2016: A YEAR OF CHALLENGES OR OPPORTUNITY?

The 2015 agricultural year in the US was less than stellar.  Net Farm Incomes as reported by USDA were somewhere around $58 B – ½ of what they were two years ago!  Crop commodity prices remain much lower than in recent years and while some inputs costs are dropping (fuel and fertilizer are the primary two) they are not declining as fast as the income has.  As we enter 2016 the income picture remains less than rosy, unless a supply issue develops such as a drought or flood in a major production area.  Rents are generally lower for 2016, depending on where they were in 2015. Reductions of 5-15% are typical for 2016.

Farmland values started a downward trend in the Corn Belt in early 2014 and this trend continues. The most recent publication from the 7th district of the Federal Reserve Bank shows a decline of 3% from December of 2014 to December of 2015. The Purdue land value survey published back in August shows top quality Indiana farmland decreasing (-5.1%) from June 2014 to June 2015.  Halderman sales this winter reflect this trend downward as our results show weak marketplaces with a range of -5% to -15% depending on the area and farm.

The lending community is very cautious heading into this year. Most operators are solid financially, however we hear that some are struggling and therefore this could create more farms on the market for lease and for sale.

Since the 1980’s ag lenders are the best “governor” for the ag community and will continue to keep a conservative approach to their lending in these difficult times.

Here are some developing trends or issues to think about during 2016.

Lease Terms

A CHALLENGE

As farm incomes decline versus previous years the pressure on land rents continues.  This past fall negotiations for 2016 land rents were some of the most challenging in recent years as farm tenants and landowners struggle with determining the “right” rent for the farm.  Farm incomes in the same neighborhood may vary greatly depending on how producers market their grain, their fixed costs (equipment), actual production and if they have crop insurance protecting them.  Here at Halderman our 20 farm managers have their hand on the pulse of the rental market and are very capable at assisting you in the rental negotiations.  Please call your Halderman representative if you have questions about how to navigate this process.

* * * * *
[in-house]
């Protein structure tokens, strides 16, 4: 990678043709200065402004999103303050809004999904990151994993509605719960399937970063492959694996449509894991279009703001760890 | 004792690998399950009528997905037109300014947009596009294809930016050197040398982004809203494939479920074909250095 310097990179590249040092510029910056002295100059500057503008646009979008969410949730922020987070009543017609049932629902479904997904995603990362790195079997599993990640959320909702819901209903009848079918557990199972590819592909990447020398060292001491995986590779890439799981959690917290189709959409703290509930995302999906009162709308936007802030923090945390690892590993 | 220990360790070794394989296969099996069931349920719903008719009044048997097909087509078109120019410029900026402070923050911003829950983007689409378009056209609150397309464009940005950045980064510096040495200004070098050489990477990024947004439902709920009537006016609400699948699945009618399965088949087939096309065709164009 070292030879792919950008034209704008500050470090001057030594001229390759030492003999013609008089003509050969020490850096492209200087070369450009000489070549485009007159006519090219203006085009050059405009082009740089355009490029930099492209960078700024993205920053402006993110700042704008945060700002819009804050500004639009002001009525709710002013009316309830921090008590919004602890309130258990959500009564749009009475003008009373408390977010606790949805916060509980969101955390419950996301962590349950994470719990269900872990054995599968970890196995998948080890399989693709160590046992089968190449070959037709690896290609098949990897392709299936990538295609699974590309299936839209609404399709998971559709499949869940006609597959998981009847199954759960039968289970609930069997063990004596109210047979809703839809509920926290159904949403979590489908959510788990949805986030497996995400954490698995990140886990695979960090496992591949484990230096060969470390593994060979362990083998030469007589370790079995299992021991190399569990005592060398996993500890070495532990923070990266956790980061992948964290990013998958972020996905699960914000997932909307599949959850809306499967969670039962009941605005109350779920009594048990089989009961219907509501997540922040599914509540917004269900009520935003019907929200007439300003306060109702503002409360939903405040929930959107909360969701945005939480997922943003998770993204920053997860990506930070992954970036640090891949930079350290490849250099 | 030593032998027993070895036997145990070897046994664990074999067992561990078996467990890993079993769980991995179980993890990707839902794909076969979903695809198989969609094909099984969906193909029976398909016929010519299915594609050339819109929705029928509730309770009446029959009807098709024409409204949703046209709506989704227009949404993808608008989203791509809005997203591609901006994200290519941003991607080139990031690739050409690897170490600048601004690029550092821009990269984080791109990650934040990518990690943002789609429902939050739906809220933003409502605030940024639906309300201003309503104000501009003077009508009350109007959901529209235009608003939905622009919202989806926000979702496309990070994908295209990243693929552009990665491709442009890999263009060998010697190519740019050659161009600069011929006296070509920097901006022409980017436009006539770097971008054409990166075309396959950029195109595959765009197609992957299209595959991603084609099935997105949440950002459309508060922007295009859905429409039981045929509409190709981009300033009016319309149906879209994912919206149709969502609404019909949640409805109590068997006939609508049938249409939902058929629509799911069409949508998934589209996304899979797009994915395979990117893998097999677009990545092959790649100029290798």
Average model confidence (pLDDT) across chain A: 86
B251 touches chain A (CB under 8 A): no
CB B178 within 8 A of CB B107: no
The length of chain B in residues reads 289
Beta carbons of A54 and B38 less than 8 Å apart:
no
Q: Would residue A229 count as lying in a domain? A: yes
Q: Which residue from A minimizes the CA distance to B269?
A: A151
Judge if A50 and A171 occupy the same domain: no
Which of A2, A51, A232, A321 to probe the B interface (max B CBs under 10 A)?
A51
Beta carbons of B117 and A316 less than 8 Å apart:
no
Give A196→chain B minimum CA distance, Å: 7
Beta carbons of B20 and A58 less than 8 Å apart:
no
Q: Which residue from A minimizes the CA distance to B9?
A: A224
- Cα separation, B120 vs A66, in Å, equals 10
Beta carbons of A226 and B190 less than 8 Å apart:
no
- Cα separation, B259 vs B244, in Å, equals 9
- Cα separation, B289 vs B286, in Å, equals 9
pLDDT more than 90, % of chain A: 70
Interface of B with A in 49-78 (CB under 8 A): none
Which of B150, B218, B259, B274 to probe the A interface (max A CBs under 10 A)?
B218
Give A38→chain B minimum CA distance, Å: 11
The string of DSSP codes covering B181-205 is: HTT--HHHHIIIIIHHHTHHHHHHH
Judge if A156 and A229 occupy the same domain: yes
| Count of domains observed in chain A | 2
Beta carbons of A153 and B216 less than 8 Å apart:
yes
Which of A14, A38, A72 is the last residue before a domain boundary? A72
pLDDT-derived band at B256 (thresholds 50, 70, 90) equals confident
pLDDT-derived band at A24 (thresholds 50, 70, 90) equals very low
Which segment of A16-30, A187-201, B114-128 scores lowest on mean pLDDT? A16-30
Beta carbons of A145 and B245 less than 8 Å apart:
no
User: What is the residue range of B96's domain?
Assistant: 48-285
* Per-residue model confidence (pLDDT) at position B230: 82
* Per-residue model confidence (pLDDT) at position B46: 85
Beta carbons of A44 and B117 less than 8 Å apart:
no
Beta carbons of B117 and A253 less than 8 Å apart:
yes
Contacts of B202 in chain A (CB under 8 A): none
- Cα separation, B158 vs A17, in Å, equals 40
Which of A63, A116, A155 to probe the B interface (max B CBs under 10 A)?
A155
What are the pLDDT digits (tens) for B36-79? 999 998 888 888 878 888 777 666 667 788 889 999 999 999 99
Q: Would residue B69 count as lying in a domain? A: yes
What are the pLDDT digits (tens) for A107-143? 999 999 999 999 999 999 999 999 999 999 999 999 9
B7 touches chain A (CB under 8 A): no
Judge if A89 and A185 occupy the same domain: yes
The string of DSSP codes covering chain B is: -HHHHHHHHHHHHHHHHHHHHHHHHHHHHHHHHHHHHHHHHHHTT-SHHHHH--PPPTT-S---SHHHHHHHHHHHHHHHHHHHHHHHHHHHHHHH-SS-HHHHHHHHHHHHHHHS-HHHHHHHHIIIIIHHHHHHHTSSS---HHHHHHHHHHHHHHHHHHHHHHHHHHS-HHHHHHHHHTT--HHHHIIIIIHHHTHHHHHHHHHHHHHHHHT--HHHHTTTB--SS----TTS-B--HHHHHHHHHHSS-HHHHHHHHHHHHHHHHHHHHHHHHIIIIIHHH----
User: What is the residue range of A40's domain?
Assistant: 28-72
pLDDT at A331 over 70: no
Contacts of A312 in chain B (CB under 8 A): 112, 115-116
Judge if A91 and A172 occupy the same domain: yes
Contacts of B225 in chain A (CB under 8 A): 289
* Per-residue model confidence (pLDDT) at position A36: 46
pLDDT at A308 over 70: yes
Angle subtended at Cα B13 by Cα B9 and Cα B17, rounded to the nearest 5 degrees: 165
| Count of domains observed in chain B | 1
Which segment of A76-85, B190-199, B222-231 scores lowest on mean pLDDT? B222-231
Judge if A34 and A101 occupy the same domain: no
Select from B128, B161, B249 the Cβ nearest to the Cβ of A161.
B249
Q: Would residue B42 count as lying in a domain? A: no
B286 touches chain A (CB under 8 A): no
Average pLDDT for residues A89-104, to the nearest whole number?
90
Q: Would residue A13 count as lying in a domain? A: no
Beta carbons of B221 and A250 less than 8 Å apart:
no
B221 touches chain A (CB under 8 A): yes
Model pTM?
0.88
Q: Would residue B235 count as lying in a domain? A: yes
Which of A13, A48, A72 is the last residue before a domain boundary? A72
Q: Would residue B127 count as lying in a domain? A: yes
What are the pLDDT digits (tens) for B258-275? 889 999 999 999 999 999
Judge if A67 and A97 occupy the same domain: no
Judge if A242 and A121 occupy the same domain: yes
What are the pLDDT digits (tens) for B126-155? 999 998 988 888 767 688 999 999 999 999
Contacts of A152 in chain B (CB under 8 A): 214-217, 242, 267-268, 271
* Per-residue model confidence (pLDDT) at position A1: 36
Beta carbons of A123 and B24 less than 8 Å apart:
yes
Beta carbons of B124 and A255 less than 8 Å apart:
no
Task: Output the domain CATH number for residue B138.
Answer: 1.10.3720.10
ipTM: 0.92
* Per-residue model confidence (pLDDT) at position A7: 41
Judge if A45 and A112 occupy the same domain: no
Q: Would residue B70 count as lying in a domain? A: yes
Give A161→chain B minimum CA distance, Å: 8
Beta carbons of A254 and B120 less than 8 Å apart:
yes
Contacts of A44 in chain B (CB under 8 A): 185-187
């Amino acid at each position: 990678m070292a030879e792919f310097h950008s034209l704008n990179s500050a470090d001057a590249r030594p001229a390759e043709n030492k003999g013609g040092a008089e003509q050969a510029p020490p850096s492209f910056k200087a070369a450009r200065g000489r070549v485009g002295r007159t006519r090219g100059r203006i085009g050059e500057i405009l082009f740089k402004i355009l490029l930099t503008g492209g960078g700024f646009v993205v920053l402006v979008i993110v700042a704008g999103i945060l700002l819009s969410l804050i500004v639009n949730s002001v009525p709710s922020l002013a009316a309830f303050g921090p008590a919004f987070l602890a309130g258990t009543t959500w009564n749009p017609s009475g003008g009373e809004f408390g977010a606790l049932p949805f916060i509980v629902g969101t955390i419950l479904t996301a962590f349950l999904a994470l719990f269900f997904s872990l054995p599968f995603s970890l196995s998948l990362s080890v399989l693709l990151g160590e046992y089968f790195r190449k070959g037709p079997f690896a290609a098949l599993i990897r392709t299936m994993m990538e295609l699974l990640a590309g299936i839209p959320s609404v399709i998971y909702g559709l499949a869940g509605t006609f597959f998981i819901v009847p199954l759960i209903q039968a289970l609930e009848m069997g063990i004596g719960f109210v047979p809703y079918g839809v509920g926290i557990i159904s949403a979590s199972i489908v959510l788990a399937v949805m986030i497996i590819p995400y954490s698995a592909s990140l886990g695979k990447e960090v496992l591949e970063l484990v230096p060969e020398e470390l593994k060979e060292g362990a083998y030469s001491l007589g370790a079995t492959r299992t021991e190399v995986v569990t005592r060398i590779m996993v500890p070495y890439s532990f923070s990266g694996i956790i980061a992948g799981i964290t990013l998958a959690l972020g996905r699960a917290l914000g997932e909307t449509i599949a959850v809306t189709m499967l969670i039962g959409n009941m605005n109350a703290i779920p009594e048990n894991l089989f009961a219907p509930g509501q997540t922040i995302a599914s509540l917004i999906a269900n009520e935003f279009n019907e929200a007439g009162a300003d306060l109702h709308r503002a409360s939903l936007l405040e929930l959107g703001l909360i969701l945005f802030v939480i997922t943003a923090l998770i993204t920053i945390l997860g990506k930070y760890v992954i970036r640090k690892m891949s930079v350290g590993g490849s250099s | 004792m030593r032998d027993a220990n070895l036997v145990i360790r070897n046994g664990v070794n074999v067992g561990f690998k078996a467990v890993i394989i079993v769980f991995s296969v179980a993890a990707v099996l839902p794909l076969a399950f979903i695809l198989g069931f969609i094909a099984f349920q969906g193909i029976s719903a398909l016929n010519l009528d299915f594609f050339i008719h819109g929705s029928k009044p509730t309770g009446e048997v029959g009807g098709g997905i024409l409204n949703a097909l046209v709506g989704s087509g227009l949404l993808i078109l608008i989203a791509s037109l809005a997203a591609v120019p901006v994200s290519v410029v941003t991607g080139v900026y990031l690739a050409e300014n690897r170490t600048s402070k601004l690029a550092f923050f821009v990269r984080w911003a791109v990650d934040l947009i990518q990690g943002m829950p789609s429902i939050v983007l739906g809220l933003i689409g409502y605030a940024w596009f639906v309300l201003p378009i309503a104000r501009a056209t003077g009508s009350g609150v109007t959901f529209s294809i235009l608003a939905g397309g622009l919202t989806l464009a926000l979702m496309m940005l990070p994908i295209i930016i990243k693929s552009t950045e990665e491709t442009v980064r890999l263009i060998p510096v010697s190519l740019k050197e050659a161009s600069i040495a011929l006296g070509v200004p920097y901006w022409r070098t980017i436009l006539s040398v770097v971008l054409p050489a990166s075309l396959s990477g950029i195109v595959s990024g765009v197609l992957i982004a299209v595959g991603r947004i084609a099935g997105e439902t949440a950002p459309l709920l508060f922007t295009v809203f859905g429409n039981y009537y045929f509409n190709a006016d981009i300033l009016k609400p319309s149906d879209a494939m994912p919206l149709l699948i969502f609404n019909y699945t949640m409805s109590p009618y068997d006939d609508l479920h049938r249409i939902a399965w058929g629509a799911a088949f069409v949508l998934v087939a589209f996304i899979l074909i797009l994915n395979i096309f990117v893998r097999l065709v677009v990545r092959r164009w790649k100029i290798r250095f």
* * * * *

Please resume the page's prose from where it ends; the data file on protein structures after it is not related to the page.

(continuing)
Farmland Values

A CHALLENGE

Land values are softer here in the Corn Belt and we are seeing a 10-20% average decline from the peak two years ago.  The stronger areas with good crops in 2015 declined less and the historically weaker areas are struggling more.  It is important to remember that we are still in the 80th percentile of the historical price range for farmland.  If lower commodity prices persist then further declines in land values over time will occur, maybe as much as 25-30%. The debt structure in agriculture remains solid, but the lower farm incomes are the most significant factor in the land value equation.

AN OPPORTUNITY

If you are considering a farmland investment this downturn may create some better buying opportunities than in recent years.  For example farms that sold for $10,000/acre in 2014 might only bring $8,000/acre today.  In addition to a lower entry price cap rates may start to increase.  Interest rates are low for farmland purchases and there are many fixed rate opportunities.  As always the vacancy rate is basically 0% and this is a nice feature when comparing this to other alternative investments.

Why Invest in Farmland Today?  Look at the chart below.  This shows the number of people moving to the middle class in China, India and the rest of the world over the next 10-15 years.  This trend shows a positive long term future for farmland ownership as this will lead to more demand for protein.

If you want to own farmland the next 1-2 years might be an excellent time to jump into the market!!

USDA Farm Program

2014 brought a new Farm Bill from Congress.  The sign-up and implementation occurred in 2015 and so far payments went out for 2014 and projected again for the 2015 crop as prices reached low enough levels to trigger.  Maintaining the contract and delivering data timely to the Farm Service Agency remains important for landowners.  Crop insurance remains an excellent risk mitigation tool for landowners and tenants.

In conclusion, the market changed in 2014 and we are in a declining land rent and land value trend. If you are contemplating a sale during the next five years consider:

  • Farmland is in the 80th percentile of historical values and may trend lower near term due to declining incomes and rising interest rates.
  • Farm cash yields will be lower than in the past five years.
  • Interest rates are still low, but increases are predicted in the coming months. Increasing interest rates might a negative to farmland values.

It is my belief that the low commodity prices are stimulating demand across the globe and the long term fundamentals for agriculture remains bullish as production must increase to meet the rising demand for food.  For example, the US cattle herd is expanding for the first time in many years due to lower feed costs and better pasture conditions.  This correction is appropriate following the run we’ve enjoyed and in response to the decline in farm incomes.  If you have any questions related to your farmland investment please call the Halderman main office at 800-424-2324 or your local representative.


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